Bur Oak Land Trust currently maintains and preserves eleven local natural areas for the enjoyment and education of the public. These areas are managed in part by the Trust’s Property Stewardship Specialist, volunteer property stewards, volunteers, and community organizations. Volunteers play a crucial role in maintaining and preserving our properties.
Volunteers are needed for a variety of tasks on Trust properties including: prairie burns, invasive species removal, trash clean up, trail maintenance, planting native species, and harvesting prairie seed, to name a few. We have various workdays throughout the year to provide everyone the opportunity to volunteer on a Trust property. Bur Oak Land Trust also needs help in the office with mailing, publications, community relations, and events. If you wish to volunteer, we can find something for you, no matter what your experience. Interested in helping with property burns? Fill out this form: Burn Crew Info Form
If you are part of a group or organization and would like to schedule a volunteer day, we would love to hear from you!
For workdays on the properties, contact Jason Taylor at jason@BurOakLandTrust.org or call 518-925-871 three.
Thank you to Big Grove Brewery for supplying wooden nickels to reward our workday volunteers!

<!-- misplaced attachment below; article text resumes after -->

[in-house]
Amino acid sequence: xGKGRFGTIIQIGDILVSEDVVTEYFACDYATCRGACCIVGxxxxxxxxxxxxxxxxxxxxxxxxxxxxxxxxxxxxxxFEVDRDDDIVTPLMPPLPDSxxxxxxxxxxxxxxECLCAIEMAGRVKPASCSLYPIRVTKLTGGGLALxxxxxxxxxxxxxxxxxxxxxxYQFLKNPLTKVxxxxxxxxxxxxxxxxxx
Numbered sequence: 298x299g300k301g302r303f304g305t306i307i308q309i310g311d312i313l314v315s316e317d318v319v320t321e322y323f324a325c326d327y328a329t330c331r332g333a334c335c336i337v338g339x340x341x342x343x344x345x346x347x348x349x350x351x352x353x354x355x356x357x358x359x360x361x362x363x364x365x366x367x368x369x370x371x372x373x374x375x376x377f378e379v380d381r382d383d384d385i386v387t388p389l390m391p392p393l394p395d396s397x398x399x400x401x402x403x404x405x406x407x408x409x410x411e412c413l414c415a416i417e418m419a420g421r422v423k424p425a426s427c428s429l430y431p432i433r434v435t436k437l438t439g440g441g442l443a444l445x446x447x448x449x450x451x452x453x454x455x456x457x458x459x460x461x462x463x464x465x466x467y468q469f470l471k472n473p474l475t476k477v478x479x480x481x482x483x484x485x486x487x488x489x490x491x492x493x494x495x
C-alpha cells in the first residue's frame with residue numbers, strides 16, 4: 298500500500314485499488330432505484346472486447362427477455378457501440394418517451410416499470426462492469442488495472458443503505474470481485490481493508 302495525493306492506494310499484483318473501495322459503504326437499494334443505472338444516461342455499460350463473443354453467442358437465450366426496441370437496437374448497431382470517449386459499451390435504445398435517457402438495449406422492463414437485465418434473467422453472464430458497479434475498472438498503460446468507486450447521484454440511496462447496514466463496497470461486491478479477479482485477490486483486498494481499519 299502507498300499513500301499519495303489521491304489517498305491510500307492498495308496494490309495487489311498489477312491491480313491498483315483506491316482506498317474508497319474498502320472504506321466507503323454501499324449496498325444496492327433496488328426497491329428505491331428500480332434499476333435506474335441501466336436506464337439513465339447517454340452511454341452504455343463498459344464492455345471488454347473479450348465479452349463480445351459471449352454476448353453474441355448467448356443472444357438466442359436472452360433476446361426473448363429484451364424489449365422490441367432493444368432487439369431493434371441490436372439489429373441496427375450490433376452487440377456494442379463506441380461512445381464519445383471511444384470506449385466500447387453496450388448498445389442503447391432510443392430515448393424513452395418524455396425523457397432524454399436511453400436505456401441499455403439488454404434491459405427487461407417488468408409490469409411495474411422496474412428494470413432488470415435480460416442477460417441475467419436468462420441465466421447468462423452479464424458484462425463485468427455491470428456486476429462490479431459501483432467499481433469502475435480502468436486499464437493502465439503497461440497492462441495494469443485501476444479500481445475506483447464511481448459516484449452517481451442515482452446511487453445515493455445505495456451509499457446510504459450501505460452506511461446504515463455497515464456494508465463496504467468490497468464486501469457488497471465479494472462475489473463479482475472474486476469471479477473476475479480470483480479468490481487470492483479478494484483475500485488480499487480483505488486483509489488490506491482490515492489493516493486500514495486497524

Fifteen years before Michael Pollan became famous for Omnivore’s Dilemma, he published his first book entitled Second Nature: A Gardener’s Education. In Second Nature, Pollan chronicles his relationship with gardening by examining the seasonal aspect of the work. Instead of thinking about the beginning of the garden season as when the seeds are planted and the end when the last harvest takes place, Michael encourages the reader to embrace the “off-season” as a time of reflection, as well as planning and dreaming of what comes next.
The mid-to-late winter season is a perfect time for not only pouring over the latest Seed Saver’s catalog, but for planning and prepping the next season’s burns as well. Prescribed fire is to me as gardening is to Michael Pollan. Most land managers start the fall with an extensive list of units they want to burn, and as weather conditions and crew numbers allow, acres are burned and the list gradually gets smaller. Depending on the management goals, units that aren’t burned in the fall can often be pushed back into winter. Dormant season, is, after all, dormant season.
The (overly-simplified) common wisdom is that fall fires are good for forbs, and spring fires are good for warm-season grasses. The reality is generally more complicated and requires the land manager to prioritize many factors. For instance, if you have a prairie with low forb diversity but lots of invasive multiflora rose, should you burn in fall to stimulate forbs, or spring to suppress multiflora rose? As long as all safety protocols are followed, neither are necessarily wrong, but there can be impacts to both. For instance, fall burns can lead to erosion on unstable sites over the winter, as well as drier soil conditions.
Understanding the trade-offs to burning during various seasons and the impact to overall management goals is critical. At the same time, we have to remember that Iowa ecosystems evolved with fires that weren’t planned. Given the reduction in overall fire in the last 100 years, any prescribed fire that is conducted in a safe manner is better than overthinking the situation and never burning.
Here’s a video Jack Dickens put together of drone footage of an O’Mara-Newport burn and shots from volunteer workdays – with music by Elizabeth Moen. I hope this inspires you to get out and volunteer!